I've been noticing birds in my backyard that I haven't seen regularly this summer. The Black-capped Chickadees, Downy Woodpeckers and White-breasted Nuthatches are always visiting but now I'm seeing new species.
This Rose Breasted Grosbeak likes to hang out and fill up on sunflower seeds. He (juvenile?) has been a regular for over a week now.
I also had a Yellow Warbler hopping around in my apple tree this morning looking for a meal. and a drink from the birdbath. It's nice to have the chance to let the birds come to me instead of having to go out and chase them all over. The temps are just too high for that kind of exertion.
Later in the week it should cool down and then I'll head out to see if any shorebirds are stopping over. Banding probably won't start in a big way for a couple of more weeks.
Of all the groups of birds that are seeing a decline in their populations, one of the most worrisome is the grassland birds. Many of our native prairie species are becoming less and less common as the years pass.
Fortunately one location in my county has a nice variety of prairie birds that are dependable for showing up year after year. Some of these birds used to be common birds around the family farms but aren't any more. I was lucky enough to see a few of these species recently.
A favorite grassland bird of mine is the Meadowlark. Always a great sign of spring as they show up on local prairies. We get both eastern and western varieties here and the easiest way to ID them is to hear them sing. Western Meadowlarks are more "melodious" in their song.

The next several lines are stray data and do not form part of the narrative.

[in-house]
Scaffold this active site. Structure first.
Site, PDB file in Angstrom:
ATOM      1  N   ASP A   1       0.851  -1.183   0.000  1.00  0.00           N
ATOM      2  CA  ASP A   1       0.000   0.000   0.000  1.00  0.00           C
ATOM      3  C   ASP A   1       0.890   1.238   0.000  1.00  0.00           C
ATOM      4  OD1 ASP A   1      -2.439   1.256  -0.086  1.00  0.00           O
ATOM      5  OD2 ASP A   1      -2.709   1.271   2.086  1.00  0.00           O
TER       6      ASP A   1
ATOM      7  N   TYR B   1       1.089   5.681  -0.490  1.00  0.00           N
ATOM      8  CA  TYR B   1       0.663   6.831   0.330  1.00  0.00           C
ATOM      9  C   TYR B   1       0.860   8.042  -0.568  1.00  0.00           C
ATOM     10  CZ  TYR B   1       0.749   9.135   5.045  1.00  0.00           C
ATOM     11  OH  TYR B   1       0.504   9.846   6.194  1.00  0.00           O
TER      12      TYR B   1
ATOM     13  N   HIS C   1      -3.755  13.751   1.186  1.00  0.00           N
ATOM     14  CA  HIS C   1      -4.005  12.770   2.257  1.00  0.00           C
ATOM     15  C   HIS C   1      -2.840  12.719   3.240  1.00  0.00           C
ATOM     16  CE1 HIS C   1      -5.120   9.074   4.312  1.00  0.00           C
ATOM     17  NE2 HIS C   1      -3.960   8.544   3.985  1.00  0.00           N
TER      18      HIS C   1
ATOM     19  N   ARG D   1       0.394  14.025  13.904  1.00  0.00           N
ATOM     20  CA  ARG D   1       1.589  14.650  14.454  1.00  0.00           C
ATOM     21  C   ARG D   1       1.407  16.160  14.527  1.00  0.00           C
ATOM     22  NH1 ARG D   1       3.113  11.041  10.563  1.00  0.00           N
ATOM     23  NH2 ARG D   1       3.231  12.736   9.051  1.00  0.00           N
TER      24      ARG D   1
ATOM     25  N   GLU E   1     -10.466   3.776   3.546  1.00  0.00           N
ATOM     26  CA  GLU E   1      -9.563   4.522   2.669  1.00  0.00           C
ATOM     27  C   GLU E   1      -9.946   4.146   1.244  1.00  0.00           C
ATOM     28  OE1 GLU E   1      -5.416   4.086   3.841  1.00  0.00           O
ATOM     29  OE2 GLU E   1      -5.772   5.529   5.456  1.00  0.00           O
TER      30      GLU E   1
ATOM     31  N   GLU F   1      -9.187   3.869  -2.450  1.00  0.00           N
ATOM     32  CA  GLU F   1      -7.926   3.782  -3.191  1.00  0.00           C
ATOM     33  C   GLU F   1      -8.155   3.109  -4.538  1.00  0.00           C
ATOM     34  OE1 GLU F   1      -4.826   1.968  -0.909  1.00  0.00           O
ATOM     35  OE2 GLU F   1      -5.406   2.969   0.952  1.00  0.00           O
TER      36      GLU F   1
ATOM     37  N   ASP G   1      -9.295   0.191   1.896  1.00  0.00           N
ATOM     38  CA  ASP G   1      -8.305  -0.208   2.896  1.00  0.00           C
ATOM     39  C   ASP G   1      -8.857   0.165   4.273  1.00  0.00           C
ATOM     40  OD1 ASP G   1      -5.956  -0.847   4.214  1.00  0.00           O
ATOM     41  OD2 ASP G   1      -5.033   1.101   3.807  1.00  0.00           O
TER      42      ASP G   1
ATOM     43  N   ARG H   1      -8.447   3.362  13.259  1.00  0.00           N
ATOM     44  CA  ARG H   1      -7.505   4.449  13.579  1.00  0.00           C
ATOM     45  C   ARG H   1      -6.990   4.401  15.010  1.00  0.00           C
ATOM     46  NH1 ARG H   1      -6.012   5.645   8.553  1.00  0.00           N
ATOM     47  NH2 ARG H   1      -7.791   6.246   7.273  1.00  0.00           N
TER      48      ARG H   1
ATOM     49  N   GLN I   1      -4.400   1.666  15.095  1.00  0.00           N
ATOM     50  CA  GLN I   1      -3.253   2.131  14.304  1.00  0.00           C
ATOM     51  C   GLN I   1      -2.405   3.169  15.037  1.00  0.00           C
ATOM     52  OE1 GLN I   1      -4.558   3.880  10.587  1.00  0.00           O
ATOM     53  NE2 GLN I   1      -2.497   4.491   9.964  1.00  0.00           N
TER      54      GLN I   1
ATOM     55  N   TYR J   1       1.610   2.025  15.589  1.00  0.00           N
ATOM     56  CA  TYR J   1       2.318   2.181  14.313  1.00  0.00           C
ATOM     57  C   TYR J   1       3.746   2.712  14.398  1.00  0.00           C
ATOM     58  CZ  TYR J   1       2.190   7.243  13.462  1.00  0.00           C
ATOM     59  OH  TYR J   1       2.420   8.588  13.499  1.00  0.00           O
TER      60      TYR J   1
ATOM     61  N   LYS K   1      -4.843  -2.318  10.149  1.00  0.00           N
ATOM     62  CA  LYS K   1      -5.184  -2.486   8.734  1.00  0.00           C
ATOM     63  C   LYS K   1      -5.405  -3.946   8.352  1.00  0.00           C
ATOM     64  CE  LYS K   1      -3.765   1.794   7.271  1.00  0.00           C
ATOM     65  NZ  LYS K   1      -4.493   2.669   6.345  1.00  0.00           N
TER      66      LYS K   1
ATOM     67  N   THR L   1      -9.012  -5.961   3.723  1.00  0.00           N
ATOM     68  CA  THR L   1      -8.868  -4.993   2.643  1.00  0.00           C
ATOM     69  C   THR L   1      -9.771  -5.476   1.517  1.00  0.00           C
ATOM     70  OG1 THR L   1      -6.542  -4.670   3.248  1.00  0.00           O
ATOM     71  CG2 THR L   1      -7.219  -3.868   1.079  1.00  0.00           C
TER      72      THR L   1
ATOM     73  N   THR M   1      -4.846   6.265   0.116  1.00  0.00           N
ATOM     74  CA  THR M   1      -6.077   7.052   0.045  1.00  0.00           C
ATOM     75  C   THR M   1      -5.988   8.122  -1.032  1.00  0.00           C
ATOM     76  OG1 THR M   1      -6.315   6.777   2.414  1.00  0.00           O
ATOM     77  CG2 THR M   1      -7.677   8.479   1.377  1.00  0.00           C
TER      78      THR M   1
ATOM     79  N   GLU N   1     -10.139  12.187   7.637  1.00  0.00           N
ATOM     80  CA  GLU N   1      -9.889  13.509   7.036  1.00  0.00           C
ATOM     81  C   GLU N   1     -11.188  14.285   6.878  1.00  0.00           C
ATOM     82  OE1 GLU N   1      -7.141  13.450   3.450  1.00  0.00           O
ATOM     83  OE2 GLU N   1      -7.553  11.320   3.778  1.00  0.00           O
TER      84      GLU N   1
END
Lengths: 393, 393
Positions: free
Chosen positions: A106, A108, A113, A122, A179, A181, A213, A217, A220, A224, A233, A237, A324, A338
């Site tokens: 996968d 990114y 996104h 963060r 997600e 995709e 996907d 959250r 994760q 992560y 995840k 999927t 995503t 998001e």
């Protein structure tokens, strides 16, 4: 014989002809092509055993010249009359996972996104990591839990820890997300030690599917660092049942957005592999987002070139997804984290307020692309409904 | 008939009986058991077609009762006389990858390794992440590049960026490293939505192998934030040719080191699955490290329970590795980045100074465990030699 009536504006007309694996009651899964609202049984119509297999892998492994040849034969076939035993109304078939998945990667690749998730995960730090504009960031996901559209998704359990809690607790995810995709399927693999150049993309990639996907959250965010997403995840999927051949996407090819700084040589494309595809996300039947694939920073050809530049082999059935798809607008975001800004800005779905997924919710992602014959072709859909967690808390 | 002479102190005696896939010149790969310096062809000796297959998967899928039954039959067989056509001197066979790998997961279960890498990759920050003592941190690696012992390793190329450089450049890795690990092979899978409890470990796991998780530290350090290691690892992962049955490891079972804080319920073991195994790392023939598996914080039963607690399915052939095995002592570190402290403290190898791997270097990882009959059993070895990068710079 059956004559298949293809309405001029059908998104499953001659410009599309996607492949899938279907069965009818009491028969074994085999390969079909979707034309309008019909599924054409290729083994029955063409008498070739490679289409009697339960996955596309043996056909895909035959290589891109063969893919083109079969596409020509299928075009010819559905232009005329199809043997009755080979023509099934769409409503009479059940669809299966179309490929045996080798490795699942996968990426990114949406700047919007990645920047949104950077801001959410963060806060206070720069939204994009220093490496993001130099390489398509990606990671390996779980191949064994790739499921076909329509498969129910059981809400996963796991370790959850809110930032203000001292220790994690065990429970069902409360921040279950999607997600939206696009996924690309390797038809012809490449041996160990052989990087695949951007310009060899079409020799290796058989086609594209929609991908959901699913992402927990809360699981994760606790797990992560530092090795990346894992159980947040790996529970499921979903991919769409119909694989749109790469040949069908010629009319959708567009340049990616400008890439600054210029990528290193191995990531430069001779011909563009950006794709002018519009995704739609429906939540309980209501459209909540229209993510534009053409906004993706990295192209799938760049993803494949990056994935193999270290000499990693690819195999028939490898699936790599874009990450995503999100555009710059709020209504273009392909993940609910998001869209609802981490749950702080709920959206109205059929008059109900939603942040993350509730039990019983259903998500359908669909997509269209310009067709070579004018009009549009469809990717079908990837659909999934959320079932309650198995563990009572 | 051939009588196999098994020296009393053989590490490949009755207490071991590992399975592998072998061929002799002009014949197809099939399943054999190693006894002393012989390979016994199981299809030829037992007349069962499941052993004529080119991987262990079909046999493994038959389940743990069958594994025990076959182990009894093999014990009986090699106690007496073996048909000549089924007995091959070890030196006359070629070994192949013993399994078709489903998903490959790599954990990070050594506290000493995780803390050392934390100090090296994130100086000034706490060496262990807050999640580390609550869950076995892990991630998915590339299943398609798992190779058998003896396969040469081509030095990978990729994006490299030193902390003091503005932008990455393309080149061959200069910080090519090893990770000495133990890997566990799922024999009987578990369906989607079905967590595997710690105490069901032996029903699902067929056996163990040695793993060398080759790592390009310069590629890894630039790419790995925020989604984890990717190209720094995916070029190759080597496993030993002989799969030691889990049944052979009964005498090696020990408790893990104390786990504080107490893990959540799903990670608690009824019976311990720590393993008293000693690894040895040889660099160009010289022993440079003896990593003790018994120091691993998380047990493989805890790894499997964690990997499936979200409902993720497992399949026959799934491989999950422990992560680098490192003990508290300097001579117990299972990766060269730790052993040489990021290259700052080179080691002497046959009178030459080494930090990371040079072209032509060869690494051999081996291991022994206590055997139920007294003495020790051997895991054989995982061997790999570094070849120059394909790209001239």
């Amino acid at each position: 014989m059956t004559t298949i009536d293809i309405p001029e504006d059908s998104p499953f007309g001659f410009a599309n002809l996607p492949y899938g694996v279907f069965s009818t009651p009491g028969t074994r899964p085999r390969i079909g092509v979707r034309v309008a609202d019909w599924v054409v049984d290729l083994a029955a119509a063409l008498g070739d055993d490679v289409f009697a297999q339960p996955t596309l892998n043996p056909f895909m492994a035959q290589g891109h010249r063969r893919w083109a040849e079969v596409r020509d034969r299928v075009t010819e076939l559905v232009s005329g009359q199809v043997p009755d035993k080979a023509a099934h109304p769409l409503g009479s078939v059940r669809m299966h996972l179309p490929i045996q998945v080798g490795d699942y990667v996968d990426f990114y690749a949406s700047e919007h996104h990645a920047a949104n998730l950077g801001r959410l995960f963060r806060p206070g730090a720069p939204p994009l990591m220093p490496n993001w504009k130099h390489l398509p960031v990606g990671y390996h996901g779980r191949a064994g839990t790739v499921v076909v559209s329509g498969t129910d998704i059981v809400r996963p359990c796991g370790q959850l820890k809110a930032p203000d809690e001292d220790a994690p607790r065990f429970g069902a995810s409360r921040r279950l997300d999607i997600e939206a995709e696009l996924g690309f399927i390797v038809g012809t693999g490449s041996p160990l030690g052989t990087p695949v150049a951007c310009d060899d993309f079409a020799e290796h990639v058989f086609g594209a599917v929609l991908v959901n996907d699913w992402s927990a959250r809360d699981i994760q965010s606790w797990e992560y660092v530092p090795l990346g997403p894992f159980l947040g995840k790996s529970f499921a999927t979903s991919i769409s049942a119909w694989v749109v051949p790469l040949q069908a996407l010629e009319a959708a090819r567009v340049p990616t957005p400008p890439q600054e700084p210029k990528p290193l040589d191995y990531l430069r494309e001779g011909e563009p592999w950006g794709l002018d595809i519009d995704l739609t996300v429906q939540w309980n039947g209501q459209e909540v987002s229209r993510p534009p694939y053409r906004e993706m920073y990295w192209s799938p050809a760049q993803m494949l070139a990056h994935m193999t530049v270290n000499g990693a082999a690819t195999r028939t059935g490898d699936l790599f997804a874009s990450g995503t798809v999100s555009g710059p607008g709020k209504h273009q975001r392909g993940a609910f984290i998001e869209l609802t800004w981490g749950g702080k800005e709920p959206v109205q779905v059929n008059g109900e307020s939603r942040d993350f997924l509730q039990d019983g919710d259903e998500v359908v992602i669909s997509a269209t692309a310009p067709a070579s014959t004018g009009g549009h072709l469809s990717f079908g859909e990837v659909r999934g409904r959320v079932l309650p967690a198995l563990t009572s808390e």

A species that is more hit and miss is the Dickcissel. It seems that when we see one we see many everywhere we look. Other years they are few and far between. This year is a good year for Dickcissels but not quite as good as a few years back when there was a report of the species in every county in Minnesota (that's 87 total), even up in the northeast part of the state that is more know as a pine and lake region.
Perhaps though, my true love of all the prairie species is the Bobolink. In some regions it's been called the "skunk" bird because of the color pattern it displays. Their plumage certainly looks "backward" when compared to most species. It is the brightly colored back and their wonderful flight song that make these birds make my heart race a bit when I first hear them in the spring. True neotropical migrants, these guys have tremendous site fidelity when it come to their nest sites. During banding we have caught the same bird on the same little hill two years in a row. Really mind blowing when you think that they had a journey of thousands of miles in between the nesting seasons.
Go out, walk a prairie. Plant some native plants. Listen for the early morning chorus in a grassland. Try to find the native sparrow, be it Grasshopper, Henslow's or Savannah that blends in so well with the terrain. While summer may seem to be a "down" time for birding it's a great time to discover life in the grasslands.
We're in the second half of June and just celebrated the summer solstice but in the bird world we are in the middle of nesting season. Behavior changes and young start to appear as if by magic. I was lucky enough to find a this nest on my school campus.
There are 2 young in the nest but this one seemed to be pretty greedy when a parent came in.
While I was watching this nest I noticed a lot of commotion just to my left. Sure enough, another nest! This woods is a real nursery right now.
Parents were very busy feeding young and doing nest maintenance. They pretty much ignored me while I sat there. These babies were very quiet so I imagine they are a bit younger than the woodpecker young.
It's hard to believe but in just a couple of weeks some of our birds will begin their southward journey and their summer will be over. They must not read calendars.